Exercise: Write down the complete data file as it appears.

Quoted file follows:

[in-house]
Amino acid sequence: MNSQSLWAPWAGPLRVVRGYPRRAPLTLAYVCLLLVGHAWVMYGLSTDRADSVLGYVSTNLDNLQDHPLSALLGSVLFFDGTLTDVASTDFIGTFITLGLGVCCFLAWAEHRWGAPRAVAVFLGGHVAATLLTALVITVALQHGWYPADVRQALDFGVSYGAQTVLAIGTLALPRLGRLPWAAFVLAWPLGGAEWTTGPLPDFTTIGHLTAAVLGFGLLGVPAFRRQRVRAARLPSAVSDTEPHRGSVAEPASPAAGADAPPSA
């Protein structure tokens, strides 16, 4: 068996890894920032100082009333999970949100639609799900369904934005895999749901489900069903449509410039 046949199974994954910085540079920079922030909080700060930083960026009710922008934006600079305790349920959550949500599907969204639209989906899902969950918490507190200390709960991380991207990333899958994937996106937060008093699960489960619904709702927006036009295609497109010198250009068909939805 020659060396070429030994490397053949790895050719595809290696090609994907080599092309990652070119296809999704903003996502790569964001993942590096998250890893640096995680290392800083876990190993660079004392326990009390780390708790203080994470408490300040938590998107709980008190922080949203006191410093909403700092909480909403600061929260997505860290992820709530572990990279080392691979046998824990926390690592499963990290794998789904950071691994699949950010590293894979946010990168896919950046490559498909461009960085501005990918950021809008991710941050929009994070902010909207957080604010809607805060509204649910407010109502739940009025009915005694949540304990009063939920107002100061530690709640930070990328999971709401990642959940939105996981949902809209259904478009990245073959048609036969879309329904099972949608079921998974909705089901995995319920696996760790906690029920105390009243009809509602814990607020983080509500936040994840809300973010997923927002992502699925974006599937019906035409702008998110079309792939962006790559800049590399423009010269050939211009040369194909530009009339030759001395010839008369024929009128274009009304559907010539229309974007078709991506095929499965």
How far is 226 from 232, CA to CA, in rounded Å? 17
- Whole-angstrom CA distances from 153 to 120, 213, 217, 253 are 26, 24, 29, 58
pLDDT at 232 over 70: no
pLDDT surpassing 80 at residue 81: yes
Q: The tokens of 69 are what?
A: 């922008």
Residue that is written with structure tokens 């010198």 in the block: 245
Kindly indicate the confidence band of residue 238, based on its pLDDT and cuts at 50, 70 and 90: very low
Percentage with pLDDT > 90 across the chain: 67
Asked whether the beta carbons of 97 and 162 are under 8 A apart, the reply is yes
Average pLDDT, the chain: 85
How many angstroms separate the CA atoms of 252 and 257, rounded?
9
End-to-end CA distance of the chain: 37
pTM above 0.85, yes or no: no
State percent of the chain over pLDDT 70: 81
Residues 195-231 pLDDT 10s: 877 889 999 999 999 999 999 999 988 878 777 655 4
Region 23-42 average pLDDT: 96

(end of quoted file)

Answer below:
[in-house]
Amino acid sequence: MNSQSLWAPWAGPLRVVRGYPRRAPLTLAYVCLLLVGHAWVMYGLSTDRADSVLGYVSTNLDNLQDHPLSALLGSVLFFDGTLTDVASTDFIGTFITLGLGVCCFLAWAEHRWGAPRAVAVFLGGHVAATLLTALVITVALQHGWYPADVRQALDFGVSYGAQTVLAIGTLALPRLGRLPWAAFVLAWPLGGAEWTTGPLPDFTTIGHLTAAVLGFGLLGVPAFRRQRVRAARLPSAVSDTEPHRGSVAEPASPAAGADAPPSA
């Protein structure tokens, strides 16, 4: 068996890894920032100082009333999970949100639609799900369904934005895999749901489900069903449509410039 046949199974994954910085540079920079922030909080700060930083960026009710922008934006600079305790349920959550949500599907969204639209989906899902969950918490507190200390709960991380991207990333899958994937996106937060008093699960489960619904709702927006036009295609497109010198250009068909939805 020659060396070429030994490397053949790895050719595809290696090609994907080599092309990652070119296809999704903003996502790569964001993942590096998250890893640096995680290392800083876990190993660079004392326990009390780390708790203080994470408490300040938590998107709980008190922080949203006191410093909403700092909480909403600061929260997505860290992820709530572990990279080392691979046998824990926390690592499963990290794998789904950071691994699949950010590293894979946010990168896919950046490559498909461009960085501005990918950021809008991710941050929009994070902010909207957080604010809607805060509204649910407010109502739940009025009915005694949540304990009063939920107002100061530690709640930070990328999971709401990642959940939105996981949902809209259904478009990245073959048609036969879309329904099972949608079921998974909705089901995995319920696996760790906690029920105390009243009809509602814990607020983080509500936040994840809300973010997923927002992502699925974006599937019906035409702008998110079309792939962006790559800049590399423009010269050939211009040369194909530009009339030759001395010839008369024929009128274009009304559907010539229309974007078709991506095929499965």
How far is 226 from 232, CA to CA, in rounded Å? 17
- Whole-angstrom CA distances from 153 to 120, 213, 217, 253 are 26, 24, 29, 58
pLDDT at 232 over 70: no
pLDDT surpassing 80 at residue 81: yes
Q: The tokens of 69 are what?
A: 């922008």
Residue that is written with structure tokens 């010198």 in the block: 245
Kindly indicate the confidence band of residue 238, based on its pLDDT and cuts at 50, 70 and 90: very low
Percentage with pLDDT > 90 across the chain: 67
Asked whether the beta carbons of 97 and 162 are under 8 A apart, the reply is yes
Average pLDDT, the chain: 85
How many angstroms separate the CA atoms of 252 and 257, rounded?
9
End-to-end CA distance of the chain: 37
pTM above 0.85, yes or no: no
State percent of the chain over pLDDT 70: 81
Residues 195-231 pLDDT 10s: 877 889 999 999 999 999 999 999 988 878 777 655 4
Region 23-42 average pLDDT: 96